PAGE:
Truus van Lier is closely involved with the Dutch resistance during the Second World War. Resistance is not only a men’s work, many women take part in the resistance. Women managed to use traditional ideas about gender roles against the occupying German forces and beat them by surprise. Many women participated in the resistance, for example by protecting people in hiding, distributing leaflets and weapons, and carrying out attacks on agents collaborating with the Germans and German authorities. Truus van Lier was one of these brave women in Utrecht playing a key role in the resistance during the 2nd world war. Truus van Lier paid for this with her life, she became only 22 years old.
Truus van Lier, a brave young heroine of Utrecht
Truus (Geertruida) van Lier was born in 1921 at Prins Hendriklaan 48 in Utrecht next to the famous Rietveld-Schröder House. She was the youngest daughter of Willem Alexander van Lier and Dirkje Willemina Wensink. Her father was Jewish and a lawyer. Her mother had studied chemistry and was a housewife after her marriage. Her mother photographed and developed pictures as a hobby. Truus had one sister named Mientje (Wilhelmina). Religion played no role in this liberal family. After primary school, Truus attended the Municipal Lyceum for Girls, but she graduated from the Christian Lyceum in Zeist.
Right after the start of the war, her parents divorced because her father was Jewish. Therefore her mother could reapply for an Aryan declaration, while her father went into hiding.
On 7 October 1940 Truus started studying law at Utrecht University. The Netherlands was already occupied by then. Her sister Mientje was already studying French literature at this time at the Municipal University of Amsterdam. Truus became a member of the Amsterdam student resistance group CS-6, most of the members were executed during the war. The resistance group worked from the basement of a family home where bombs were made to sabotage trains moreover the group raided distribution centers.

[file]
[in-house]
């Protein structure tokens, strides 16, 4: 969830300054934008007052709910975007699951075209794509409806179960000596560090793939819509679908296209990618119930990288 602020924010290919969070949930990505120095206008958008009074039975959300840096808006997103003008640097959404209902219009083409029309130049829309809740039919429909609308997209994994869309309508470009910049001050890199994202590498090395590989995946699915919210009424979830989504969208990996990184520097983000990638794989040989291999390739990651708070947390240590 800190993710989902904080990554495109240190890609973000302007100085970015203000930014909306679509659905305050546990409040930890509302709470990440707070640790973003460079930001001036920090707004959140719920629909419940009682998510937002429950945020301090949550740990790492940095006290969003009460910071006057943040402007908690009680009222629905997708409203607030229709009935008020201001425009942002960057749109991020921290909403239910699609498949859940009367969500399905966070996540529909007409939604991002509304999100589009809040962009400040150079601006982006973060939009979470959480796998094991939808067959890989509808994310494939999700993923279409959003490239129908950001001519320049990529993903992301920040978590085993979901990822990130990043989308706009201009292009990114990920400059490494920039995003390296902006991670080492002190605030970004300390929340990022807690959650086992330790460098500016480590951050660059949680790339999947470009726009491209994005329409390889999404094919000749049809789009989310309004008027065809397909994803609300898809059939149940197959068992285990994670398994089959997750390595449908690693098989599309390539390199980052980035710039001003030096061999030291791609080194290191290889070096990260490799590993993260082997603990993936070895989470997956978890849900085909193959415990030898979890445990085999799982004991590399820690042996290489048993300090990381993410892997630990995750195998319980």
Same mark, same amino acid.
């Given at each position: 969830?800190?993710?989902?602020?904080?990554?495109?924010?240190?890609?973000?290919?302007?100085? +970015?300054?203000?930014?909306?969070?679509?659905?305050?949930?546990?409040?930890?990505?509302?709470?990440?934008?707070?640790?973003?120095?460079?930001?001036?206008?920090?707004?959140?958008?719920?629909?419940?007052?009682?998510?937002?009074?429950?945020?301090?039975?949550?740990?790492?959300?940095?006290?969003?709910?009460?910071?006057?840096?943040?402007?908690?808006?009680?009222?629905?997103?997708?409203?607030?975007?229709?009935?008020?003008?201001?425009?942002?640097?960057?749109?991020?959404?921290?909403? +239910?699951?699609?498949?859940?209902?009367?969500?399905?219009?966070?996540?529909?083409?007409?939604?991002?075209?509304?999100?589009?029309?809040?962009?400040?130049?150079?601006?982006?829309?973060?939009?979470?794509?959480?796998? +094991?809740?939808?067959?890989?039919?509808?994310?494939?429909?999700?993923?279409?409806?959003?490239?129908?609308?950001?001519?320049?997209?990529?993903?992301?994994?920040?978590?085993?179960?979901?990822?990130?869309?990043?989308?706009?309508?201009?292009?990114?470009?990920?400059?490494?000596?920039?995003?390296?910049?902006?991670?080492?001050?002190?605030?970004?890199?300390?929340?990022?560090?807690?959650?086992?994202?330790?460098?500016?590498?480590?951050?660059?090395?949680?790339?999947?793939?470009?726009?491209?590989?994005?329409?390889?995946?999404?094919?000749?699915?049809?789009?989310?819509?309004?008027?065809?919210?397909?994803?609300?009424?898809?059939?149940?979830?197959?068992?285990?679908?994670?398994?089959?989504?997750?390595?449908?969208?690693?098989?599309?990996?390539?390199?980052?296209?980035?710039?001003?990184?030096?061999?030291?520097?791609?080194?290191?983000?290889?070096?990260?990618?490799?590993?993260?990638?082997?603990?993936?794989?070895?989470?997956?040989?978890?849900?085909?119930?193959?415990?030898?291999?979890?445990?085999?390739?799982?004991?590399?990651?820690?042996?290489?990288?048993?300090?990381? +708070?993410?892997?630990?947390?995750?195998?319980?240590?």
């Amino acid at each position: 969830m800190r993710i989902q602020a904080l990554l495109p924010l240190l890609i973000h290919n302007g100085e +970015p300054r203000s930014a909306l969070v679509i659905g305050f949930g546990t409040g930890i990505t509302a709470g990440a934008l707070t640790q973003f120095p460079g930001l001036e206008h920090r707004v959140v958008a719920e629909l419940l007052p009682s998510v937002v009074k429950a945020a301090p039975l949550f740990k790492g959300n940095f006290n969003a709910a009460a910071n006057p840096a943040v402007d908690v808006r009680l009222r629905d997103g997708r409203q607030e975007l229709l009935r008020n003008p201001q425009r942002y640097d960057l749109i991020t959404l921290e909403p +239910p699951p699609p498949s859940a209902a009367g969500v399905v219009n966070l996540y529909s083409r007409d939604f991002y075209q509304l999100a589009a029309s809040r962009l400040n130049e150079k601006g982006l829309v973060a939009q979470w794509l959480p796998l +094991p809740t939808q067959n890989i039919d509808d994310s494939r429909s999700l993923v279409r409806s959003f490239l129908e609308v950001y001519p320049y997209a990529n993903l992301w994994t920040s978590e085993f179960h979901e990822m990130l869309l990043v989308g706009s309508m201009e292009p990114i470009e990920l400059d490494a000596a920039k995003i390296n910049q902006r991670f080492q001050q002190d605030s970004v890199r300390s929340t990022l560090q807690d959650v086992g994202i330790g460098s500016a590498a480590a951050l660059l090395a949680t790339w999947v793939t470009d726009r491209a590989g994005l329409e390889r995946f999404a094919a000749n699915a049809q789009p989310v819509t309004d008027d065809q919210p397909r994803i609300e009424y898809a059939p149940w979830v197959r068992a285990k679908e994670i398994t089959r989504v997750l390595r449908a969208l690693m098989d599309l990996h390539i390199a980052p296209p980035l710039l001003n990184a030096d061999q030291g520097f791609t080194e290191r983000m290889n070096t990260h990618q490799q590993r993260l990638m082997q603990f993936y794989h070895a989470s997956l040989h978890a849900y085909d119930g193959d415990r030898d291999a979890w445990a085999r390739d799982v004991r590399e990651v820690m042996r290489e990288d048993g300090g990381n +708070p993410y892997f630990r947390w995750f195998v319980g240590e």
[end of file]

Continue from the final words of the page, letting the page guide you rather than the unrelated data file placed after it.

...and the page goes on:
Student at wartime | student’s resistance
In 1943 Truus van Lier managed to infiltrate the NSB (National Socialist Movement: a Dutch political party and semi-military group collaborating with the Germans) and the Wehrmacht in Amersfoort. She took pictures of Soesterberg airport and passed them on to the resistance. In addition, as a courier, she delivered messages, weapons, and illegal literature and accompanied Jews to hiding places. On 3 September 1943, Van Lier shot and killed the Utrecht NSB chief of police Gerardus Johannes Kerlen near his house at Willemsplantsoen in Utrecht. A bounty of ten thousand guilders was placed on her head. After the tip of a traitor, Truus was arrested in Haarlem and convicted of murder, possession of weapons, and the status of ‘half Jew’. Shortly afterward she ended up in Sachsenhausen concentration camp, She was executed the same year.
Her mother did everything she could to save her 22-year-old daughter. But during one of her visits to the prison, she was arrested and taken to concentration camp Vught; she died in early 1945 in Ravensbrück. Sister Wilhelmina survived the war by fleeing to England. Her father survived the war after being in hiding for 5 years. After the war, her father started a search for his youngest daughter and in July 1946 the Red Cross was able to confirm that his daughter Truus had been executed on 24 November 1943 in the Sachsenhausen concentration camp.
Tribute | a flower monument for Truus van Lier
Since 2005, as a tribute, a flower monument to Truus van Lier blooms every spring in the grass along the Catharijnesingel in Utrecht. Hundreds of daffodils make up the name ‘TRUUS’. A real admirer has committed himself to this monument, he planted all daffodils to ensure that Truus is not forgotten: a flowering monument for Truus van Lier.
Students Memorial stone
Statue Truus van Lier
In April 2022 a statue of Truus van Lier was placed on the Catharijnesingel, almost on the spot where Truus committed her major act of resistance in 1943. Here she shot and killed the Utrecht police commissioner and also NSB member Gerard Kerlen.
Books and documentaries
Several books and documentaries have been made about the short but impressive life of Truus van Lier. Unfortunately, these books have never been translated into English and the documentaries do not have English subtitles.
Photos, footage, archival material can be found in the Utrecht Archive